WH Questions Speech Therapy Smash Mat Activity
Talk about a fun activity! This wh questions speech therapy activity is firefly-themed and contains picture-supported answer choices. To play, your student can pick a firefly off of a jar. Alternatively, your student can place a firefly ON the jar after answering a question. When your student chooses the correct answer, he will smash dough in order to make the firefly “light up”.
Digital WH Questions Activity
This no print activity be used in teletherapy, traditional therapy, or as a fun part of a classroom language lesson. Your student answers each question. Each question provides two picture-supported answer choices. After answering, you simply tap or click “next” as you build an ice cream sundae! Check out the digital wh question activity.
Answering “WHY” Questions using Subordinating Conjunctions
Do you have elementary students working on answering “why” questions using appropriate conjunctions in speech therapy? This resource is definitely one to check out! This resource targets answering “why” questions using complete sentences and the cause-and-effect conjunctions “because”, “since”, “so”, and”so that”. It’s perfect to pair with a magnetic wand and chips.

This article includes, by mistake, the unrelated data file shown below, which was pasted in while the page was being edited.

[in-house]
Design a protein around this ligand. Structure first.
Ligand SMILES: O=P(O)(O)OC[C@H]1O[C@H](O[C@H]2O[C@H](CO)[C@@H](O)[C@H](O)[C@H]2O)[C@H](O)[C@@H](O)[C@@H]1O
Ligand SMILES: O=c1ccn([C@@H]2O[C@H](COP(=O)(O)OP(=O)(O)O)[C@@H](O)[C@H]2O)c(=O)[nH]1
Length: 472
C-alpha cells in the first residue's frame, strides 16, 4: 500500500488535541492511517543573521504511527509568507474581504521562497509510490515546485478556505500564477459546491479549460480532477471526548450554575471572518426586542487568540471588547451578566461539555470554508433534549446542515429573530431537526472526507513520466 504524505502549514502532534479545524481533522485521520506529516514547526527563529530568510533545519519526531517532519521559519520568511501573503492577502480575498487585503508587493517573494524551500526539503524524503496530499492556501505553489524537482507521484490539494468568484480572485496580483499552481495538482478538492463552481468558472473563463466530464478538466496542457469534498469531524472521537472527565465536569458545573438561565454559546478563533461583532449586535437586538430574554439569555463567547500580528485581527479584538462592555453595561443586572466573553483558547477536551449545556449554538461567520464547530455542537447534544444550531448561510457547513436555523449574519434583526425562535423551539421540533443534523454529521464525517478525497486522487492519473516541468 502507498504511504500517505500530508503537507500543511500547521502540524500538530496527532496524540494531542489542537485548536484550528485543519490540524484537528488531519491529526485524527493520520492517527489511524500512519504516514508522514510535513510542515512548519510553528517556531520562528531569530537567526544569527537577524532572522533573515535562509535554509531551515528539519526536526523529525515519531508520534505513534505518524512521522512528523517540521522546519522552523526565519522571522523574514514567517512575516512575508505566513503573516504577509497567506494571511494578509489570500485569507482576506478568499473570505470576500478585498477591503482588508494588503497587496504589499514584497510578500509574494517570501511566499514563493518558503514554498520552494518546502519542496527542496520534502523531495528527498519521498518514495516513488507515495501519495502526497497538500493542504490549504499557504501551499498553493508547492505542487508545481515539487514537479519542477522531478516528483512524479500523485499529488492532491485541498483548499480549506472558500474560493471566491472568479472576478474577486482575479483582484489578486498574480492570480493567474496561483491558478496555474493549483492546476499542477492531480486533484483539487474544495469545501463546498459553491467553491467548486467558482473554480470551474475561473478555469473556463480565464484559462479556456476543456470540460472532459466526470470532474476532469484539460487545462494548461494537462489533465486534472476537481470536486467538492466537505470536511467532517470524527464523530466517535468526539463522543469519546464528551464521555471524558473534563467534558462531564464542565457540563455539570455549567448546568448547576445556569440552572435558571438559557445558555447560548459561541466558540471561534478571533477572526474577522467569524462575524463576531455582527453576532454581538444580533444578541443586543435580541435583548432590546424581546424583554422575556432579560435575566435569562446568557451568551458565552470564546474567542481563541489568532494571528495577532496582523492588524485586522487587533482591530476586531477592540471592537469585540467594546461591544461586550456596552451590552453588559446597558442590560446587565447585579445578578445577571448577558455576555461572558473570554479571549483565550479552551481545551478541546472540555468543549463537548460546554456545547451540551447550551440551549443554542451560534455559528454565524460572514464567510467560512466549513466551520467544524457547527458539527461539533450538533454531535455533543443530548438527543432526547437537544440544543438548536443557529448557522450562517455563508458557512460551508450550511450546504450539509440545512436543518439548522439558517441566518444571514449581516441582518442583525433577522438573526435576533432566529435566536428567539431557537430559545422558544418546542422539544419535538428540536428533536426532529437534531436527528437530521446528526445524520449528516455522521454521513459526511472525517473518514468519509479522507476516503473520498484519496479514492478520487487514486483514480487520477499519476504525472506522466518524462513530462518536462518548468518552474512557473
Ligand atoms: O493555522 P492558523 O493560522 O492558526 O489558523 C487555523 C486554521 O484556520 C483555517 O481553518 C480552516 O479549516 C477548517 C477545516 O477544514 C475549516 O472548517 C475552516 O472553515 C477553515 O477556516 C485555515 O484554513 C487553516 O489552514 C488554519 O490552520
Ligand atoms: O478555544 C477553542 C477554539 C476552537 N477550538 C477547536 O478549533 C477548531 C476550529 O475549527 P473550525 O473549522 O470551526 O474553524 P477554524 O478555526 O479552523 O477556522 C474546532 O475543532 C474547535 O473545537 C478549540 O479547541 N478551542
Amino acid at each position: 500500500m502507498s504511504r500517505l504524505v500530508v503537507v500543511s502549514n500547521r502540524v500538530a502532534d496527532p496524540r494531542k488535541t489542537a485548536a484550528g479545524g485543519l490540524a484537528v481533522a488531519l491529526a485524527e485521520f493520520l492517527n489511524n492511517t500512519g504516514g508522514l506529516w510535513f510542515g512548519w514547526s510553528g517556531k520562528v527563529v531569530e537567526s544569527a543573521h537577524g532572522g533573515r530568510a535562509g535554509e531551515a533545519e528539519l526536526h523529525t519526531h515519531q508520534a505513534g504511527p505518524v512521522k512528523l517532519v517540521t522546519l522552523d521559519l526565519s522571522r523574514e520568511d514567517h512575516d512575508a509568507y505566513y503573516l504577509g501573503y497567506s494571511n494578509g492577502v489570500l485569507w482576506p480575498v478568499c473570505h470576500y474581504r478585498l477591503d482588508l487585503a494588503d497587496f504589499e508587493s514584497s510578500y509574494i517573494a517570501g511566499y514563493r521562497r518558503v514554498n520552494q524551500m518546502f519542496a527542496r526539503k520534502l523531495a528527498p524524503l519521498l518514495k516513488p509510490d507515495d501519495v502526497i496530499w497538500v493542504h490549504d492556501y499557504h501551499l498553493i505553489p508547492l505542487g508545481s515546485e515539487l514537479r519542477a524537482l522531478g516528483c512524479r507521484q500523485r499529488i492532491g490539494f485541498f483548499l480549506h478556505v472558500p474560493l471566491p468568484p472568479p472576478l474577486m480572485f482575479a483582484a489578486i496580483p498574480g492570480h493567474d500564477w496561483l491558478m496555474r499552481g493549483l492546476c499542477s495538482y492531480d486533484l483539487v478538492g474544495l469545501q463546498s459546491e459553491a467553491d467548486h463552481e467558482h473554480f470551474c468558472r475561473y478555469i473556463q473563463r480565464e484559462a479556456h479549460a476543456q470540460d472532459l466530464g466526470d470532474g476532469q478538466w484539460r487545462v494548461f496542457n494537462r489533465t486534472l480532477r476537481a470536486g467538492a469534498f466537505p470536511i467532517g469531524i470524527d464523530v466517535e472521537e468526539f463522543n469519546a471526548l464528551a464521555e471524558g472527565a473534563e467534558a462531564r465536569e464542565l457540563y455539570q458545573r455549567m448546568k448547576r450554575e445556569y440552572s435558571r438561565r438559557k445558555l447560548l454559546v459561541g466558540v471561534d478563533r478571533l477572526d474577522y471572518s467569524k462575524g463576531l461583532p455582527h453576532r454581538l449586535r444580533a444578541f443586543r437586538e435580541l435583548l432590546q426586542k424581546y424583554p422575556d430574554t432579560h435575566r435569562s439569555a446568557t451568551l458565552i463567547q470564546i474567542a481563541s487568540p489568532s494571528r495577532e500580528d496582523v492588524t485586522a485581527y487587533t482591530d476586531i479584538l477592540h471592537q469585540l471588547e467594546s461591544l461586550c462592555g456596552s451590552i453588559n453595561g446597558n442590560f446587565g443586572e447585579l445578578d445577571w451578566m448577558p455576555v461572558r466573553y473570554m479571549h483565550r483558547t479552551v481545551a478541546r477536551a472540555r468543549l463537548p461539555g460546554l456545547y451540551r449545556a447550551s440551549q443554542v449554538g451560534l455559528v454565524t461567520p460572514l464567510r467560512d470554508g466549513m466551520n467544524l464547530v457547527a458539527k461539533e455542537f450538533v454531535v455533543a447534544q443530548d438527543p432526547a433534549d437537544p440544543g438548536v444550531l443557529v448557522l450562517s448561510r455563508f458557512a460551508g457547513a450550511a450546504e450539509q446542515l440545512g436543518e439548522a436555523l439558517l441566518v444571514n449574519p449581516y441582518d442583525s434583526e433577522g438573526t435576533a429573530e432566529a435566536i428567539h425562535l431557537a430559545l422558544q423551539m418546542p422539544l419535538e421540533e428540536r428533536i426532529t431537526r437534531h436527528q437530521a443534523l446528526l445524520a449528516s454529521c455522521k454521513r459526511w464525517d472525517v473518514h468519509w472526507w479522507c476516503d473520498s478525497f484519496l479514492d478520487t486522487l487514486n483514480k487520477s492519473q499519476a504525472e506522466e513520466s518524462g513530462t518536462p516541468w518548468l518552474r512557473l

Historical Comprehension Activity
Your upper elementary students will be so excited to learn about all of these exciting topics! Read non-fiction informational texts about ancient Egypt, Tudor England, the American Revolutionary War, the Titanic, and World War II. This resource not only targets answering wh questions but also the main idea and finding details.
Speech pathologists may target wh questions in speech therapy. This article provides suggestions for using visual supports and providing leveled instruction when teaching wh questions. Scroll up to read tips on how best to work on wh questions in speech therapy.
SLPs may enjoy these 5 wh questions speech therapy activities:
- Asking and Answering WH Questions Activity
- WH Questions Firefly Smash Mat Activity
- Digital WH Questions Activity
- Answering WHY Questions- Conjunctions Activity
- Historical Non-Fiction Text Comprehension Activity